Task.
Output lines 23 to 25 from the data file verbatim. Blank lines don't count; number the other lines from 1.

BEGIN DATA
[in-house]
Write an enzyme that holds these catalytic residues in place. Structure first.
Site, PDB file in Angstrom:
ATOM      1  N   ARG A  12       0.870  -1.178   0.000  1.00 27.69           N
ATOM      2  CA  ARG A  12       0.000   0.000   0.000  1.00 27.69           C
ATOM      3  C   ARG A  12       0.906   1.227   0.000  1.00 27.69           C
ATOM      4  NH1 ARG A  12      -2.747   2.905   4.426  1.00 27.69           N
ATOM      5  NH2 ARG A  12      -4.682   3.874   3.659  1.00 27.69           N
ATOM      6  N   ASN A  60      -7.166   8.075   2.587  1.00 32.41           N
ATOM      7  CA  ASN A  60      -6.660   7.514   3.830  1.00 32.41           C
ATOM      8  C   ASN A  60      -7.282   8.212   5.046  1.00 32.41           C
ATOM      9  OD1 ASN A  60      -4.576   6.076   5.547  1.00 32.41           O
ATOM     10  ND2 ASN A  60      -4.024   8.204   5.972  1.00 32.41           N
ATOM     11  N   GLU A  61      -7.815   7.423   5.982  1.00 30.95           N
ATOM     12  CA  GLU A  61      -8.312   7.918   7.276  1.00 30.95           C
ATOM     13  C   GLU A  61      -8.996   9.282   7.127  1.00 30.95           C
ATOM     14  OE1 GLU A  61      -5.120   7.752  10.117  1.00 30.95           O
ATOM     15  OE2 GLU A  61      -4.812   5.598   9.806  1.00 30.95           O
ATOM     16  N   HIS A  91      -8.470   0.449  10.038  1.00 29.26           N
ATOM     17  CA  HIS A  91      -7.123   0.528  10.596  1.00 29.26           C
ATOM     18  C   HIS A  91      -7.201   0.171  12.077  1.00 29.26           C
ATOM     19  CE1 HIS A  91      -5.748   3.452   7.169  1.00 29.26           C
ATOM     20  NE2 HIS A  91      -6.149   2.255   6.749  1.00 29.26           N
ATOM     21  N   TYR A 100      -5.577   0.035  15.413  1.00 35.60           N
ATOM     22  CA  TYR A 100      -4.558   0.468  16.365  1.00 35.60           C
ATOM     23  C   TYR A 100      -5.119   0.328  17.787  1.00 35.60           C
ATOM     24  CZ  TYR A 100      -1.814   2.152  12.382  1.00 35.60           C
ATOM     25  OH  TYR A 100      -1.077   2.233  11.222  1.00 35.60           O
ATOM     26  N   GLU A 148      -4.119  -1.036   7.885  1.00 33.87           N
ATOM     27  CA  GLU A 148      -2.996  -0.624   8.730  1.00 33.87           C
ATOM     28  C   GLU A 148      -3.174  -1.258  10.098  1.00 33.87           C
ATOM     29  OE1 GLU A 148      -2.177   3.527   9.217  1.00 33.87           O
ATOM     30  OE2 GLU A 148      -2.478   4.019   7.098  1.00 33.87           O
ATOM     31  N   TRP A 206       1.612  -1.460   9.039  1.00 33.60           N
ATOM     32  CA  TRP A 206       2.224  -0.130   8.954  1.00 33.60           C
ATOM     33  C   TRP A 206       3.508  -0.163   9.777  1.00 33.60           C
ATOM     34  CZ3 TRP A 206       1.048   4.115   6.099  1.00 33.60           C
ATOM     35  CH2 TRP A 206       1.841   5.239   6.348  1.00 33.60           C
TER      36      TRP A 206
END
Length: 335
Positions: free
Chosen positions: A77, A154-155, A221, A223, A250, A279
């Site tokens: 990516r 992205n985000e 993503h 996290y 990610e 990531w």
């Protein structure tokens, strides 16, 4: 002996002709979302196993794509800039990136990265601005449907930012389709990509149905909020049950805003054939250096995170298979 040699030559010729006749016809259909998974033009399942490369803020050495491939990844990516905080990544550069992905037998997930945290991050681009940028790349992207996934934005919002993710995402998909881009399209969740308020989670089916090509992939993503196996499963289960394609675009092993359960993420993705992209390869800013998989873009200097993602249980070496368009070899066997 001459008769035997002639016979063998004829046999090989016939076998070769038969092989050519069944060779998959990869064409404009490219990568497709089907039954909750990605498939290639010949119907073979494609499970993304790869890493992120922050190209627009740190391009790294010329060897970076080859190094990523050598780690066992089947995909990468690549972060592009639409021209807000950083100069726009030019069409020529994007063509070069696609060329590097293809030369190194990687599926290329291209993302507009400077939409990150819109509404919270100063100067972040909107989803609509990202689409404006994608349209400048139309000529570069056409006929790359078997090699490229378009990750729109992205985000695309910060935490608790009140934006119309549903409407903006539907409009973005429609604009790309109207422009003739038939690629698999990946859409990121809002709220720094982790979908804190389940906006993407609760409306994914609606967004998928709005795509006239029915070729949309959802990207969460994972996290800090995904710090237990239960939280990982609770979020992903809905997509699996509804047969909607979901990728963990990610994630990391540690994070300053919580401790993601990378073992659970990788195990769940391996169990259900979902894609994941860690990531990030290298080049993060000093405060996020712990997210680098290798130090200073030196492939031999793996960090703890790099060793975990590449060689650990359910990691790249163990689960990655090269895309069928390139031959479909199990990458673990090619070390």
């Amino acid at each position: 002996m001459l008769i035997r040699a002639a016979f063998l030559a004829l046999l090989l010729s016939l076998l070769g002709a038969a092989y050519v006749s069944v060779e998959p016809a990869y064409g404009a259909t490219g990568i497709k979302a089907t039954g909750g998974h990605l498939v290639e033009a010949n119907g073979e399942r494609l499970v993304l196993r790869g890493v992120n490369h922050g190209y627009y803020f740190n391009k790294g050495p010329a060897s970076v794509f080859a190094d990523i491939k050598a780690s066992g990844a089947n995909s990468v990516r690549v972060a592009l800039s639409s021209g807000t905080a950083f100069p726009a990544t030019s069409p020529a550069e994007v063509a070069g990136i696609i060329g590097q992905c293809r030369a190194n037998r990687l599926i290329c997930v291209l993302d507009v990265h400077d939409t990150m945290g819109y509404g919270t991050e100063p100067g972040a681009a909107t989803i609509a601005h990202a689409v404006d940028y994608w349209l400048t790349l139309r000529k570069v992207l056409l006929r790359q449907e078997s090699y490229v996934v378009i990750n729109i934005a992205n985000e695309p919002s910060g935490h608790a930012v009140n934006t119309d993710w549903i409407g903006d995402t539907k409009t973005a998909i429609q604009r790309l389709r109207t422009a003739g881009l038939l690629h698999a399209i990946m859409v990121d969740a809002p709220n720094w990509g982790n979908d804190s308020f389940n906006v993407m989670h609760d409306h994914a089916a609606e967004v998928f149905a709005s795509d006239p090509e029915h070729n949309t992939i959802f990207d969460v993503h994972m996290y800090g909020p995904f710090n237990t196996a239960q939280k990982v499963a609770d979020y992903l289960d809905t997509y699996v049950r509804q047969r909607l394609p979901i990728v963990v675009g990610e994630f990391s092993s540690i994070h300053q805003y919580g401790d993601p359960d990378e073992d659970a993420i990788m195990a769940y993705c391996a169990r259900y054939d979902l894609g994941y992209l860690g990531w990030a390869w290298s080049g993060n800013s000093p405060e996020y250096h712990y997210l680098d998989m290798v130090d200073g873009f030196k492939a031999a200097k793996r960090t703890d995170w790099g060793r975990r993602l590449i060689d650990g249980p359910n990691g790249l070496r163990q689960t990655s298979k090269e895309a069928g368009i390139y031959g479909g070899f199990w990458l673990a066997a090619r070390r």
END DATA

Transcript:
ATOM     20  NE2 HIS A  91      -6.149   2.255   6.749  1.00 29.26           N
ATOM     21  N   TYR A 100      -5.577   0.035  15.413  1.00 35.60           N
ATOM     22  CA  TYR A 100      -4.558   0.468  16.365  1.00 35.60           C